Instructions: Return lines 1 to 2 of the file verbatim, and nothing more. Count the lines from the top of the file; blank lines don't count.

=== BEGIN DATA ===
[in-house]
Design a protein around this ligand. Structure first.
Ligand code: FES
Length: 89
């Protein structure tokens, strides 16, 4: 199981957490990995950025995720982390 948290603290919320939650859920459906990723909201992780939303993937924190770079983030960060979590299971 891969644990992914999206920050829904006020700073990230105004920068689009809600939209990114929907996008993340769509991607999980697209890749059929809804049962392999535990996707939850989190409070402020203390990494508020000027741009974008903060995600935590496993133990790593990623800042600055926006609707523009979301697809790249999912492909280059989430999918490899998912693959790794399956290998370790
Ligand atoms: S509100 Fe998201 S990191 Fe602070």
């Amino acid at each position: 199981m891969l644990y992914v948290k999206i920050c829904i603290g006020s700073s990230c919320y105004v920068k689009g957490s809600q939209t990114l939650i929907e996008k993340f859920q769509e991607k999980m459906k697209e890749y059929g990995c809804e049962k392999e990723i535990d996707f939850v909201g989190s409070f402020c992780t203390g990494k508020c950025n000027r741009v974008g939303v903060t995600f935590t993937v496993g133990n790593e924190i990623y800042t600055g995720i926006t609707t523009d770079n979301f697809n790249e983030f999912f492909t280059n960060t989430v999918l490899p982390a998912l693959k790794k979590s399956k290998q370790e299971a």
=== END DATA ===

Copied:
[in-house]
Design a protein around this ligand. Structure first.